Keeping the Beat: The Ultimate Session Musician

There are countless people in the music industry looking to shine in the spotlight and become the next big “star,” but Jonathan Ulman has made quite a career out of being a guy behind the guy, oftentimes heard but not seen.

Jonathan is a session musician. A good one according to people in the Boston music scene. He has been named back-to-back “Session Musician of the Year” (2017 & 2016) by The Boston Music Awards and was nominated for “Best New Drummer 2016” by Rhythm Magazine. He describes himself as a, “hired gun” that isn’t affiliated with any particular group or artist.

He started playing drums when he was about 10-years-old after figuring out piano wasn’t working out. “The piano instructor actually told my parents that it was not the right instrument, or I wasn’t focused enough and that I should try something else. We gave drums a shot.” Eventually, his parents were able to find an old snare drum so he could play. “My parents borrowed like a snare drum and a cymbal…just the cymbal itself. My brother used to sit in the living room with a dowel and sit next to me and hold it so I could play the cymbal and the snare at the same time.”

The first beats he learned to play were from hip-hop albums. "My brother used to be really big into hip-hop in the late 80's and 90's, so I actually learned to play drums playing to old hip-hop records. The drum patterns are very repetitious and they're kind of like in a pocket, so if you learn that style, you learn very good timing." The “pocket” is a term used by musicians to describe the groove that the rest of the music sits on top of. “It’s kind of like a foundation. Having a good pocket is having a really good groove or something that’s stable that keeps the foot tapping and head nodding."

After more than 20 years, Jonathan has perfected his craft by learning various styles and genres of music. He says he can, “completely fulfill my needs as a drummer” by playing everything from world music and jazz, to pop-rock and rap.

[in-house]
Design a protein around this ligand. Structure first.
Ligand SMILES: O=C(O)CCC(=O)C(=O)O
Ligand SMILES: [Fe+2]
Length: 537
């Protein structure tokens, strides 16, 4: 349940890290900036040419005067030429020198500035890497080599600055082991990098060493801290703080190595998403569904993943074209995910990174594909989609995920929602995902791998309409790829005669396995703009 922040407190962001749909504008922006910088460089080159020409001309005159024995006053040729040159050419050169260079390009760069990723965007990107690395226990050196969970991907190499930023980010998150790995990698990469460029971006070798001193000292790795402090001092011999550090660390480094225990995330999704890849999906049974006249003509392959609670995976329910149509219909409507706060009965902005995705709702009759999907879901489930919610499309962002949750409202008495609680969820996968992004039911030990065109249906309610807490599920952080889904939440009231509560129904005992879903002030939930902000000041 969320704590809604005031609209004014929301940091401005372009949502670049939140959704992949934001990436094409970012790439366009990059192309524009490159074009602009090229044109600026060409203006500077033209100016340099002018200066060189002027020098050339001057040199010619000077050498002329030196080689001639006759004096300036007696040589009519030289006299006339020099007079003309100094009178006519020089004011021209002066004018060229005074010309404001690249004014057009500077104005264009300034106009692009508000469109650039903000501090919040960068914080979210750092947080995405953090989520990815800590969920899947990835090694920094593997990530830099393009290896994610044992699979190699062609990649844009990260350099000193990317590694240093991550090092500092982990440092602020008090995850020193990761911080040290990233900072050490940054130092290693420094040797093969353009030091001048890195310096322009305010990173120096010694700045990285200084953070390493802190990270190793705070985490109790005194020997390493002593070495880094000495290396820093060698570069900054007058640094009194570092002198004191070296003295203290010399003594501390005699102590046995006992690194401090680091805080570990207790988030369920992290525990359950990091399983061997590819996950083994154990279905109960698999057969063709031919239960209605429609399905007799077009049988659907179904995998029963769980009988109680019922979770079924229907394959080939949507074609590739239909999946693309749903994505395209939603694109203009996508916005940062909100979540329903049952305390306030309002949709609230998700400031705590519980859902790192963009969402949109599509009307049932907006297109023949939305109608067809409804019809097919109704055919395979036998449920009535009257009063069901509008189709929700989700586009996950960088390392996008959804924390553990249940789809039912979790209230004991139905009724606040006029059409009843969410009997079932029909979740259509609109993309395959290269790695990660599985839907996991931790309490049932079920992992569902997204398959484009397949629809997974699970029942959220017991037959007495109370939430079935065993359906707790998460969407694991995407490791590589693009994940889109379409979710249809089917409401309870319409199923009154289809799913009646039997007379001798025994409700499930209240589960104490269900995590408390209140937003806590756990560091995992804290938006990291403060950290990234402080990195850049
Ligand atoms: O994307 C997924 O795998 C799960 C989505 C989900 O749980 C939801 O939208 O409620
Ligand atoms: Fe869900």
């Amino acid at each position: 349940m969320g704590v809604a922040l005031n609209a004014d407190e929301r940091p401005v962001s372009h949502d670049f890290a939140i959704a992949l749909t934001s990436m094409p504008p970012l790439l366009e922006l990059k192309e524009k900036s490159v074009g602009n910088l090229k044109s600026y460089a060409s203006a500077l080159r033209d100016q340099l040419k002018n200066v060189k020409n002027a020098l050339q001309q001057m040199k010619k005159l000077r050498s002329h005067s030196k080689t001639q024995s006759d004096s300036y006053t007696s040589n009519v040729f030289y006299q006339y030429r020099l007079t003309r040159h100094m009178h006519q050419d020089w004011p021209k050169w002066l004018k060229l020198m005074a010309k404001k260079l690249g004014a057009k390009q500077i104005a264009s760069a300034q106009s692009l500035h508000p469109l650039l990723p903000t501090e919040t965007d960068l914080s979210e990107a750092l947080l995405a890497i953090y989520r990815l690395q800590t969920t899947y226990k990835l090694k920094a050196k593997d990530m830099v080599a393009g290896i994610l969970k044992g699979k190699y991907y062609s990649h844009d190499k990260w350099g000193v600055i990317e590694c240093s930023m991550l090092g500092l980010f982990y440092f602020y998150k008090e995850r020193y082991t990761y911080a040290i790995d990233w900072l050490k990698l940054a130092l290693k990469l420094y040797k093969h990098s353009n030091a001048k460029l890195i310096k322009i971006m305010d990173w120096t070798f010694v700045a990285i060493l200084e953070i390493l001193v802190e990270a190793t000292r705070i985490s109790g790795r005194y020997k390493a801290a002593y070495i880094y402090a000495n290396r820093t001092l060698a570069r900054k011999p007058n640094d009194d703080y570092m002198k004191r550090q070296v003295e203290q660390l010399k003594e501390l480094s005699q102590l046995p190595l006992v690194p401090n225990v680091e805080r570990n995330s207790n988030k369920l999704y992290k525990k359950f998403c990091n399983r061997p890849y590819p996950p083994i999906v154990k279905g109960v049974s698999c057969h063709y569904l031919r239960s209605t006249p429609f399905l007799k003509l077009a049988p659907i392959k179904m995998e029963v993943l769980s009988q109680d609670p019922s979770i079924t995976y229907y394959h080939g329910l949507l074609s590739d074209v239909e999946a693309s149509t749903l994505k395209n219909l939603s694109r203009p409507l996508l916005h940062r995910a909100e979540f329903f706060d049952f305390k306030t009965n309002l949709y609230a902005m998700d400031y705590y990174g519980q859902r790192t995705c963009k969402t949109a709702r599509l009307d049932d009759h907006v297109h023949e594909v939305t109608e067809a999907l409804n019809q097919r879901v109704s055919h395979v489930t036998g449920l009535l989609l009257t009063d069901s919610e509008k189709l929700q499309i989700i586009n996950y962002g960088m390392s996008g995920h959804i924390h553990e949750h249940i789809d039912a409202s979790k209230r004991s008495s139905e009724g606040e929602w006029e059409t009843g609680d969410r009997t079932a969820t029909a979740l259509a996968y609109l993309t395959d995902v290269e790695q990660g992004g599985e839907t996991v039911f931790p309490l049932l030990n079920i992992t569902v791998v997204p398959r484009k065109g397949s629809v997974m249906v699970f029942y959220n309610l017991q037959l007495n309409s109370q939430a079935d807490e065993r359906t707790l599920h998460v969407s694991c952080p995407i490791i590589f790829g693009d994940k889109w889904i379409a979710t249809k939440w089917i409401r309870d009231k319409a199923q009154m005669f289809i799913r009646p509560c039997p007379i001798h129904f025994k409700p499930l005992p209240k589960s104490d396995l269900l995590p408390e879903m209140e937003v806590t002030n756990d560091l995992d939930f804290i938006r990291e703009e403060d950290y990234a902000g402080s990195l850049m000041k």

His days are mostly spent in the studio, laying down tracks at The Bridge Sound and Stage in Cambridge, MA. Sometimes he’s asked to be the heartbeat for songs he has never heard, for artists he may never meet. A few years ago he did just that for 30 songs on an album. “Two years later when the record came out I was like, ‘wow, that’s what that groove went to.’”

When he’s not in the studio, he still plays gigs on stage. He admits he’s not very flashy as a drummer, but his consistency is what sets him apart. “I don’t tend to twirl my sticks or anything like that. I still maintain that certain role that I'm the timekeeper for the rest of the band because if I'm off, then the show's not gonna go good.” That being said, he loves the rush of being on stage. “In the studio everything is very protected. It’s kind of like being a theatre actor vs. a movie actor. There aren’t retakes. you gotta go and you gotta kill it on the first try."

His reputation has given him opportunities to share a stage with some big acts, and he sometimes lets his inner fan come out. "I'll be on a stage opening up as direct support for The Roots and be backstage like, ‘oh my god I wanna talk to these people!’ That’s what kind of keeps it exciting. I’m doing really cool things, but I’m also getting to nerd out when I’m there."

One of the bands he’s hoping to check off of his bucket list is Pearl Jam. As a kid, he used to dream of playing with the grunge icons. “I was sure at age 12 that I was gonna be at a Pearl Jam show and the drummer couldn’t show, and Eddie Vedder would be like, ‘oh no! Is there anybody here who can play this record?’ And I’d be like, “yeah me!” Jonathan got to meet Vedder years later and told him about the dream he had as a kid. “He was just very gracious and was like, ‘that’s very nice. You know we're playing in Mansfield.’ He made me write my name down and was like, ‘come to the show.’" It was a night he’ll never forget. “They were like 8th row. Greatest experience of my life. I still get chills thinking about it."

While going on a month-long tour with a major band would be great, it’s not something he’s chasing. He’s got a wife and daughter here at home, where he likes to be when he’s not in the studio. “I can do a studio session during the day then have a gig at night. So I can actually double up, or triple up on my opportunities by not being on the road for 8 months out of the year.”

Why chase the gigs when more big acts and opportunities are coming to Boston every year? "It used to be where you were traveling, you’d kind of stop in New York. You didn’t have to go any further than that, but now Boston is a market that you have to hit. A lot of that is because the Boston music scene is so vibrant."

Contact Us